How do we know the Bible is God’s word? Confronting Disconfirmations Part 3.
Key to the inductive argument for the inspiration of the Bible is managing an internal challenge to its reliability, namely, what to do with the apparent contradictions within the text.
The idea is that when reading different passages side-by-side of the same event, some discrepancies in the narratives arise. One example is the differences in the genealogies of Jesus. A common example is the number of angels at the empty tomb of Jesus – were there two (Luke 24:1-10) or was there one (Matthew 28:1-8)?
One way to handle these is to seek to explain them away, and show that these are truely only apparent, and not actual contradictions. For instance, the account in Luke does not say there was only one angel. Where there are two there is at least one.
Normal Geisler and Thomas Howe provide the following guidelines for handling difficult passages:
- Be sure you know what the text says
- Be sure you know what the text means
- Don’t confuse error with imprecision
- Don’t confuse falsity with perspective
- Language about the world is everyday language
- Remember that the Bible records things that it does not approve of
If different accounts of the same event are too similar, critics would accuse them of copying each other. So the differences in each gospel are actually an assurance that the accounts are independent.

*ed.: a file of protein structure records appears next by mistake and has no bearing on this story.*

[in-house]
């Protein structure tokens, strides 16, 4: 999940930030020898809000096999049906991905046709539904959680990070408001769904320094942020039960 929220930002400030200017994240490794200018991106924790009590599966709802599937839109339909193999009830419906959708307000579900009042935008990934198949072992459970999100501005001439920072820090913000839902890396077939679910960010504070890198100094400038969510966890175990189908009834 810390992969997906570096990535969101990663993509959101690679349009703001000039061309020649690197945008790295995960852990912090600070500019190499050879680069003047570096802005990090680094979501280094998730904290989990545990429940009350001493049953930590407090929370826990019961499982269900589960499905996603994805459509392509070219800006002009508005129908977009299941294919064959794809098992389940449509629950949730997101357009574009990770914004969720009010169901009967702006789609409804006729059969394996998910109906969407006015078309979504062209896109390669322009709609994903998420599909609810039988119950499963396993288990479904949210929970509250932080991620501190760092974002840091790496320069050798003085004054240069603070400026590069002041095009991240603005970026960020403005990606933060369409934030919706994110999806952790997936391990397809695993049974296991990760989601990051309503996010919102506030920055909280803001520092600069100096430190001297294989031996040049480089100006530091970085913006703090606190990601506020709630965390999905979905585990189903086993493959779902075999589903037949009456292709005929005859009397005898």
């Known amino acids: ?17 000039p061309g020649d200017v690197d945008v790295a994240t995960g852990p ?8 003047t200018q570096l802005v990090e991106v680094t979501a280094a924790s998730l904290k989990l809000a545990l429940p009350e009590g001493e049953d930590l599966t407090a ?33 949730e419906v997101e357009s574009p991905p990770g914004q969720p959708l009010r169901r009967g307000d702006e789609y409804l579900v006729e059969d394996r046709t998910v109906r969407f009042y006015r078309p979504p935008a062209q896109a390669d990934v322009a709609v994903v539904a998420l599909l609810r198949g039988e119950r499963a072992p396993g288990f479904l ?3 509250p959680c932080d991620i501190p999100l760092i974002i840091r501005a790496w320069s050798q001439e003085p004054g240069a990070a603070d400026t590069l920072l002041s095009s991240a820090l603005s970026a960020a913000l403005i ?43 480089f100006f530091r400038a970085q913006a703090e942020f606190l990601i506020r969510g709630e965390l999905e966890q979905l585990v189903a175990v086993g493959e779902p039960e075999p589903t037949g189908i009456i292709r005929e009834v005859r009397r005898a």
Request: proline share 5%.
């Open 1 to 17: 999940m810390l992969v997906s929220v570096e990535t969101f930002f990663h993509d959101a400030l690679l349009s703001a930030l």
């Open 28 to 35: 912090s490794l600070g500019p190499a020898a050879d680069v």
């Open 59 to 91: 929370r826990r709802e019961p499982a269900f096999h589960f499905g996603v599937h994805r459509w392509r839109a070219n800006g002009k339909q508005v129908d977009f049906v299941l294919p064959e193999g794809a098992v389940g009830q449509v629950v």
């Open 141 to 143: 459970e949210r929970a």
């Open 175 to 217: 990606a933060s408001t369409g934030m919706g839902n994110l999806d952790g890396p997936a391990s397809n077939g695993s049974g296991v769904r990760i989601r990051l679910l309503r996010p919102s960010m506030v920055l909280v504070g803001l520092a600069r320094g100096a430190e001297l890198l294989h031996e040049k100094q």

Another method of handling these difficult passages is to explain them in terms of literary devices common to the genre of ancient biography. This is the approach championed of Mike Licona.
Examples of such devices are; Contraction of time, simplification, reordering the chronological order to a thematic order, rounding numbers.
Another way to handle the alleged contradictions is to not handle them. Rather, accept that sometimes the truth is stranger than fiction, and we simply can’t know this side of heaven what really went on.
A combination of both approaches can be useful. Two arrows in a quiver is better than one. Not leaning on reconciliations of the text when they are strained or have the appearance of fabricating a narrative to accomodate a doctrine of inerrancy, and neither leaning on literary devices where there is little to no evidence such a device was commonplace in the genre. If neither of these options are satisfactory, then there is always the third option.